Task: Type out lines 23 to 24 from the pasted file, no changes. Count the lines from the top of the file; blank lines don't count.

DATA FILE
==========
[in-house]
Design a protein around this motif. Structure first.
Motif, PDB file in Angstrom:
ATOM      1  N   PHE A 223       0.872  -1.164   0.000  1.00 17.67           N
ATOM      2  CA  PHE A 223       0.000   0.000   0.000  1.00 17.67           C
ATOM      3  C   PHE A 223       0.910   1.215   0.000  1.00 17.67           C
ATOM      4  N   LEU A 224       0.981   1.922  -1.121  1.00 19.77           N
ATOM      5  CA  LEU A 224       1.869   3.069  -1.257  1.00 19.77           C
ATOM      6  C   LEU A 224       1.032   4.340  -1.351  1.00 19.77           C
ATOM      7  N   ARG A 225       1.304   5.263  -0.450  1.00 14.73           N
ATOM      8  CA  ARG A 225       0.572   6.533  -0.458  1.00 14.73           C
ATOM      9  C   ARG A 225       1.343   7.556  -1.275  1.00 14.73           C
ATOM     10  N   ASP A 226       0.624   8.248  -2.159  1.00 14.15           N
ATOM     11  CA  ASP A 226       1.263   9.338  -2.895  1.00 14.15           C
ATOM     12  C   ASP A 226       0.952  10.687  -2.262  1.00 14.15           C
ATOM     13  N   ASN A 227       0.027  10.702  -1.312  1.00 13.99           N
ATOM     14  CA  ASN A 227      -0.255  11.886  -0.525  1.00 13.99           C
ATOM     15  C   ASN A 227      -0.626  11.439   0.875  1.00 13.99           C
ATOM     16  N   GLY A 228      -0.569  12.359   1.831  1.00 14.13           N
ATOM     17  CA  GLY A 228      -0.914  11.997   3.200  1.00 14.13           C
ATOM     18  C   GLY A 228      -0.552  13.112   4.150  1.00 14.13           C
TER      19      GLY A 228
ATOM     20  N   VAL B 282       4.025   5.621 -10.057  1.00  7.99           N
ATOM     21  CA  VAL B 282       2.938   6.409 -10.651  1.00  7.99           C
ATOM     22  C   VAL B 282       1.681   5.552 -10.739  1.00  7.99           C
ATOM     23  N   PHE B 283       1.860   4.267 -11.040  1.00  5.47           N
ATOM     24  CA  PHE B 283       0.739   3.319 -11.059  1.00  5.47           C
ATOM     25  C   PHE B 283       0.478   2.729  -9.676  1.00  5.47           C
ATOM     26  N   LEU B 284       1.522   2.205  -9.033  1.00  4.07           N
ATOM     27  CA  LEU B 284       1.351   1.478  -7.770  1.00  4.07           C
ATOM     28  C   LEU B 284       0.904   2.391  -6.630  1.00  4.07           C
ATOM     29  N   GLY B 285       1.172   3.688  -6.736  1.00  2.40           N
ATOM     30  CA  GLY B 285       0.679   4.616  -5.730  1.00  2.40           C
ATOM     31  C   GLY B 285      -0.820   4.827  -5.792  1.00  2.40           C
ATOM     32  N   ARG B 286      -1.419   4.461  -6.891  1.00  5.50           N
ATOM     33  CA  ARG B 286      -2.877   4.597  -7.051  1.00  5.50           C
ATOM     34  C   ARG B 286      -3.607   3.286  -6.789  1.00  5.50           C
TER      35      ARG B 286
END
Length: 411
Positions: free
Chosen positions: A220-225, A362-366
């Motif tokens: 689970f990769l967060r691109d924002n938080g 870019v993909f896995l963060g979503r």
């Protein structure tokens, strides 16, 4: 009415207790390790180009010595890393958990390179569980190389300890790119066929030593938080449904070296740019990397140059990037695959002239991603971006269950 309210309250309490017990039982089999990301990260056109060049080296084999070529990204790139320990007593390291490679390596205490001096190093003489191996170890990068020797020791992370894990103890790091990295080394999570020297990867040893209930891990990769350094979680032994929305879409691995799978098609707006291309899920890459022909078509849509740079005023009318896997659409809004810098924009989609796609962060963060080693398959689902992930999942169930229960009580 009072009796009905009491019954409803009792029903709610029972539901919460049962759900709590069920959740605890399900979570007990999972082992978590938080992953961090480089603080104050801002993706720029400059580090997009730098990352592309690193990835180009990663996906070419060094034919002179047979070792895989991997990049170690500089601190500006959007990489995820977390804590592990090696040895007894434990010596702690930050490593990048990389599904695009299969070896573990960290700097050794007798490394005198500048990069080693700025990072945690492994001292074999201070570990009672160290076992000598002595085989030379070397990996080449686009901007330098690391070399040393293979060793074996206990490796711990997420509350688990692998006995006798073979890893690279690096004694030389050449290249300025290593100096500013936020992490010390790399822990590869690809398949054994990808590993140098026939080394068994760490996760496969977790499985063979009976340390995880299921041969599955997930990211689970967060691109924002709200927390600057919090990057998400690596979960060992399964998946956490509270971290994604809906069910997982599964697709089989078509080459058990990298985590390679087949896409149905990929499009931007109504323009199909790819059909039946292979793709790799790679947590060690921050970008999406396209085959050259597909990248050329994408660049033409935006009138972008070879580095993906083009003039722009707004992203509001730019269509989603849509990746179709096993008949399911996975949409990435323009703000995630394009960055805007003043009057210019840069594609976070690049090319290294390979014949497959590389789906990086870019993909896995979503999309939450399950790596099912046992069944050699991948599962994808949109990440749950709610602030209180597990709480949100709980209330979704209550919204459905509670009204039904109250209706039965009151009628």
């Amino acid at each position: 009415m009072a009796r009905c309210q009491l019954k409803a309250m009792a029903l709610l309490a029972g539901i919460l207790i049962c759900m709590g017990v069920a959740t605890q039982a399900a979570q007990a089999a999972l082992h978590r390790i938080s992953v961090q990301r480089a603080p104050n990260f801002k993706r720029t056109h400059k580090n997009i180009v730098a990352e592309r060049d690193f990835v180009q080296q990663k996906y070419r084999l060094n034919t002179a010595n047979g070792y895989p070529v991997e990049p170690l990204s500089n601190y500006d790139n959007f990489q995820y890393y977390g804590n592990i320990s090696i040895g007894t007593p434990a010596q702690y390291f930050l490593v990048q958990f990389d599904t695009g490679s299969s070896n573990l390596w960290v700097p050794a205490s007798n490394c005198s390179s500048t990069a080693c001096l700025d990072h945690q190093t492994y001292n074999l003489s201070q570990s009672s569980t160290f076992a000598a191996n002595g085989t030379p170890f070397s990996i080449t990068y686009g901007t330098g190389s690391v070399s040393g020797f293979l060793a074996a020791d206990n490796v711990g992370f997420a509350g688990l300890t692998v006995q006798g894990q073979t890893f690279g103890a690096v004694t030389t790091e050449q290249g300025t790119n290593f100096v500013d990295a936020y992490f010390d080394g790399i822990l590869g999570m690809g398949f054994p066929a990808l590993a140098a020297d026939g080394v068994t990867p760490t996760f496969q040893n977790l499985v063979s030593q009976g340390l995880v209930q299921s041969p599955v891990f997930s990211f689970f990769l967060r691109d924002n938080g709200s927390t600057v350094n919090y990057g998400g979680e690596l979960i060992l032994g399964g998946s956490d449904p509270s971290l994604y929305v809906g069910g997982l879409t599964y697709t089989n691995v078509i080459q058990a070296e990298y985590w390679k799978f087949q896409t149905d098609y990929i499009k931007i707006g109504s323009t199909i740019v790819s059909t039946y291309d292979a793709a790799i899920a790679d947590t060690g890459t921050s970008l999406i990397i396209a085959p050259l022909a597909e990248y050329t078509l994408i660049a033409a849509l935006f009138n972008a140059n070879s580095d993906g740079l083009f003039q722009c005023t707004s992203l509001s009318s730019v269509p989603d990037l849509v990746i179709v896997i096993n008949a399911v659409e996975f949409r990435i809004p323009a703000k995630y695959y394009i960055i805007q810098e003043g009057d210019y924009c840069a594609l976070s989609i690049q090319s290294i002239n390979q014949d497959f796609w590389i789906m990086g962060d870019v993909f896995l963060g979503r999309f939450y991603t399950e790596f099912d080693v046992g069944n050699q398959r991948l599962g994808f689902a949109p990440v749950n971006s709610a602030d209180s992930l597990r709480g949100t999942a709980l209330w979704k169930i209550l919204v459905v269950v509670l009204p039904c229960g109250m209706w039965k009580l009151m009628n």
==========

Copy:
ATOM     20  N   VAL B 282       4.025   5.621 -10.057  1.00  7.99           N
ATOM     21  CA  VAL B 282       2.938   6.409 -10.651  1.00  7.99           C